How Soil pH Affects Plant Growth
Your garden or the landscape frequently needs to be checked if the soil pH is appropriate with your gardening requirements or not. If you are not getting required response even after using fertilizers you must get the soil tested and ph Level determined.
pH Values and pH Scale
pH is the measure of acidity or alkalinity of a soil. The pH scale runs through 0.0 to 14.0 values on the scale. The most acid soil would have 0.0 value stands for the most acidic soil while 14.0 is the top value for the most alkaline soil on the pH scale.
Middle of the scale i.e. at 7.0 values is attributed to the neutral soil. Meaning thereby, the soil with 7.0 pH value would neither be acidic nor alkaline in nature on the scale.
A soil starts getting more acidic in nature as the pH values decrease from 7.0 to 0.0 and likewise the soil would become more alkaline as pH values increase from 7.0 to 14.0.
For instance, lemon juice having a 2.4 pH value will be acidic in nature while water has 7.0 pH values and therefore is neutral. On the other side soap solution with 9.3 pH value would be alkaline.
How Soil pH Affects Plants Growth
Soil pH affects plant growth in many ways.
Bacteria that are responsible for any change and release of nitrogen from organic matters and some fertilizers have a more suitable operating environment within a pH range of 5.5 to 7.0 making this the optimum pH range. Plant nutrients are abundantly available for the plants and soil when the soil pH remains within this optimum pH range.
If the pH value of the soil is below 5.5 then several plant nutrients start leaching from the soil at greater speed compared to the soils within the 5.5 to 7.0 range.
In some mineral soils aluminum can be dissolved at pH levels below 5.0 becoming toxic to plant growth. Soil pH may also affect the availability of plant nutrients.
Soil structure also gets immensely affected by the pH, in clay soils. Clay soils generally remain granular within the optimum pH range and that is why it is always easier to work with such soils. Cultivating is easier with the clayey soils. However, if the soil is either extremely acid or alkaline clay, soils tend to become sticky and hard to cultivate.
Exact nature of the soil with its specific pH value and position of the pH scale can be determined by pH soil test. The soil test will reveal whether your soil is within the optimum range or whether it will need to be treated to adjust the pH level.
You must remember that despite the fact that optimum range is 5.5 to 7.0 some plants will grow in a more acid soil and some at a more alkaline level.
Experienced gardeners know it very well that the pH is not an indication of soil’s fertility, but it does affect the availability of fertilizer nutrients. Even if the soil contains adequate nutrients yet plant health may be limited by an unfavorable pH level.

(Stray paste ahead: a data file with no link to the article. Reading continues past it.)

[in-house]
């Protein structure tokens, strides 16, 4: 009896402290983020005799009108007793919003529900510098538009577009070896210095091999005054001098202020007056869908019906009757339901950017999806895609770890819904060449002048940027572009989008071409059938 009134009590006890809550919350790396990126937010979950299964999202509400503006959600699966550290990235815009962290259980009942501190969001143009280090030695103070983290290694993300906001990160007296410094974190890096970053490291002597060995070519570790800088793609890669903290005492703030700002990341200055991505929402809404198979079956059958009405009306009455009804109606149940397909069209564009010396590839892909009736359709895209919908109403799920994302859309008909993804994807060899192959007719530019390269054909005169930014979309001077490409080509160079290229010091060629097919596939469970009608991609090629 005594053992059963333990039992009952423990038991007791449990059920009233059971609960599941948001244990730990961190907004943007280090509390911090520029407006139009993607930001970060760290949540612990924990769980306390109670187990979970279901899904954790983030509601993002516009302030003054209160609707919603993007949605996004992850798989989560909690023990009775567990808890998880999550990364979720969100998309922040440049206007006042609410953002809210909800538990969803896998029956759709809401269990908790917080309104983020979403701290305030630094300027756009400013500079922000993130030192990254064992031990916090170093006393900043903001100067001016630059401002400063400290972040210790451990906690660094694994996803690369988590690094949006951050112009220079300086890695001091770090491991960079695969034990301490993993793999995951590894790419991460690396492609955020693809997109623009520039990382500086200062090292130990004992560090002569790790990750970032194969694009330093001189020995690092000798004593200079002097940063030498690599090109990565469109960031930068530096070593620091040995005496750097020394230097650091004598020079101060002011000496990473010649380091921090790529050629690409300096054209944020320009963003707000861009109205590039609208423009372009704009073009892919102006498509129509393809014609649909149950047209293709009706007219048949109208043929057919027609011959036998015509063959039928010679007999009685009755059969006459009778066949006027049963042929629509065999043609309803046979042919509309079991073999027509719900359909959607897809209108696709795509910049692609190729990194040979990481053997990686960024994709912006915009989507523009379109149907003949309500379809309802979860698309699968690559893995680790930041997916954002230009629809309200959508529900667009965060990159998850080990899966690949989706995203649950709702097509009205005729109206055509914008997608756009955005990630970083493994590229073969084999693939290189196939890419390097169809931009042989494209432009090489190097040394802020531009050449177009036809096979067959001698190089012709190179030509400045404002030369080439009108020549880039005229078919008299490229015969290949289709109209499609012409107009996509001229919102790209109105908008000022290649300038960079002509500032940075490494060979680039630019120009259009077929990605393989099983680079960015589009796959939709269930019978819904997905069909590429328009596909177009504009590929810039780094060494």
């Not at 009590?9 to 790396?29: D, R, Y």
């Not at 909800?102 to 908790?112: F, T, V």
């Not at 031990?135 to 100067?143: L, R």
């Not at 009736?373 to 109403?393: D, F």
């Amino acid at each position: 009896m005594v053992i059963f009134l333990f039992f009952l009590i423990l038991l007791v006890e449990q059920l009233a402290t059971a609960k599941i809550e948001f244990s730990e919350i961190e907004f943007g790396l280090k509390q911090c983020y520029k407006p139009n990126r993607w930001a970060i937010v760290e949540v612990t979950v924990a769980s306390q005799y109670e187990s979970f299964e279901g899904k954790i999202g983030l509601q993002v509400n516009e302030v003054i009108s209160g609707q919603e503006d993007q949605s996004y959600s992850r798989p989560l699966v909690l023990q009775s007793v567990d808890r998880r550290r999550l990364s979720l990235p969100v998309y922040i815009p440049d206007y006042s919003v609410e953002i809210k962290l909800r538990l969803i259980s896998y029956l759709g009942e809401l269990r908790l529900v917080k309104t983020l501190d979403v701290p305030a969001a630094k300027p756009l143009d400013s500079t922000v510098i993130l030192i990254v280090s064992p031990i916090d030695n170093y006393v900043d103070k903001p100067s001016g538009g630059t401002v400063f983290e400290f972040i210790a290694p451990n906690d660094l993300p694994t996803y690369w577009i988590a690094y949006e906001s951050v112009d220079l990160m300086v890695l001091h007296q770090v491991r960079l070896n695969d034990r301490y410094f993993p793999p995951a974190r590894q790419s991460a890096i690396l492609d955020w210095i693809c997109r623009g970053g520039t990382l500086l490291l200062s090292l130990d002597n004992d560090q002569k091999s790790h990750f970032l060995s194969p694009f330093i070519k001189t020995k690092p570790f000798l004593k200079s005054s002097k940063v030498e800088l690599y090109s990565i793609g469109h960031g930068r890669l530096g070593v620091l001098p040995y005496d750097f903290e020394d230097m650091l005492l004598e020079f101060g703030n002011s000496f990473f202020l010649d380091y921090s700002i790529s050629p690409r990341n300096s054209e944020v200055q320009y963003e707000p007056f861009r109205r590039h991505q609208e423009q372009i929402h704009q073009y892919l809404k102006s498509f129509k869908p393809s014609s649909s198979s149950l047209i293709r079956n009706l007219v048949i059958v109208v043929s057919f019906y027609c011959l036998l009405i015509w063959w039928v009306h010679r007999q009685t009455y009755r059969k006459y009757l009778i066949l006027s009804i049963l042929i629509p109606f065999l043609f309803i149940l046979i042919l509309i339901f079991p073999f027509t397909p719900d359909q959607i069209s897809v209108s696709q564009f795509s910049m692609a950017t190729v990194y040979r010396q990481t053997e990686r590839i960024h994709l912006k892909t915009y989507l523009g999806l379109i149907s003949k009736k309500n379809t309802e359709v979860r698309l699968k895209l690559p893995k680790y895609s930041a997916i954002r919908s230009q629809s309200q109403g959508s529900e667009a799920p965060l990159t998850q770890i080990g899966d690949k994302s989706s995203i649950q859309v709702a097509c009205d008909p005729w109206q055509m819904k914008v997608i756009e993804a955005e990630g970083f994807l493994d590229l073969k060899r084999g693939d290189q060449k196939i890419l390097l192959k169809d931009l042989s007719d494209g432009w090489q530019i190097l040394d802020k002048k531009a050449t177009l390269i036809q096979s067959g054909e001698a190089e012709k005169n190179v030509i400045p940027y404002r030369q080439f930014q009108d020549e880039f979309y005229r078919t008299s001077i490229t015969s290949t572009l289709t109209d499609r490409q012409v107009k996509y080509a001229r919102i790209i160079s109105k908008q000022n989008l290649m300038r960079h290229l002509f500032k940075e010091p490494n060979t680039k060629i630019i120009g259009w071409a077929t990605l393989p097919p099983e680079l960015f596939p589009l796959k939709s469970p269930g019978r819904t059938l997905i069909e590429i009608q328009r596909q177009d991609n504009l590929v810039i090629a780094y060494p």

In order to correct the pH of an acid soil (5.5 to 0.0) use lime or dolomite would be more advantageous. Lime contains mainly calcium carbonate (caco3) and dolomite contains both calcium carbonate and magnesium carbonate. (mg2co3). In home gardens and landscapes ground limestone and dolomite are highly recommended as these cause less likely burning of plant roots compared to the hydrated lime.
A simple equation is easy to remember while changing pH level of soil. The greater the amount of organic matter or clay in a soil, application of more lime or dolomite uniformly at least six inches into the soil required to change a pH level for obtaining best results.
In case of soil being extremely alkaline you will need to determine if the alkalinity is because of the soil’s own character or external application of additional lime.
Although it appears feasible chemically but as a matter of fact is extremely difficult to change the nature of soil, i.e. changing the pH of soil that is naturally alkaline even with adding sulfur, ammonium sulfate, or similar acid forming materials.
A soil with high pH values could also be due to externally applied lime or dolomite, acid forming materials like sulfur or ammonium sulfate can be applied.
Reducing the soil pH would then need application of superfine dusting or water soluble sulfur. Repetition of the application of sulfur should not be made more often than once every two months because soil sulfur oxidizes and mixes with water to form a strong acid that can burn the plant roots.
You will require approximately 1/3 the amount of sulfur to decrease the pH one unit as it does limestone to raise soil pH one unit.
Applying sulfur coated fertilizers to the soil that is mostly alkaline due to the high sand and shell content would be better. Coated fertilizers are usually slow release kind and fertilizing this way is more environmentally friendly. It also adds much needed sulfur to you landscape slowly.
Soil texture can also be easily determined with the soil test and there may be soil textures like sand, loamy sand, sandy loam and sandy clay loam.
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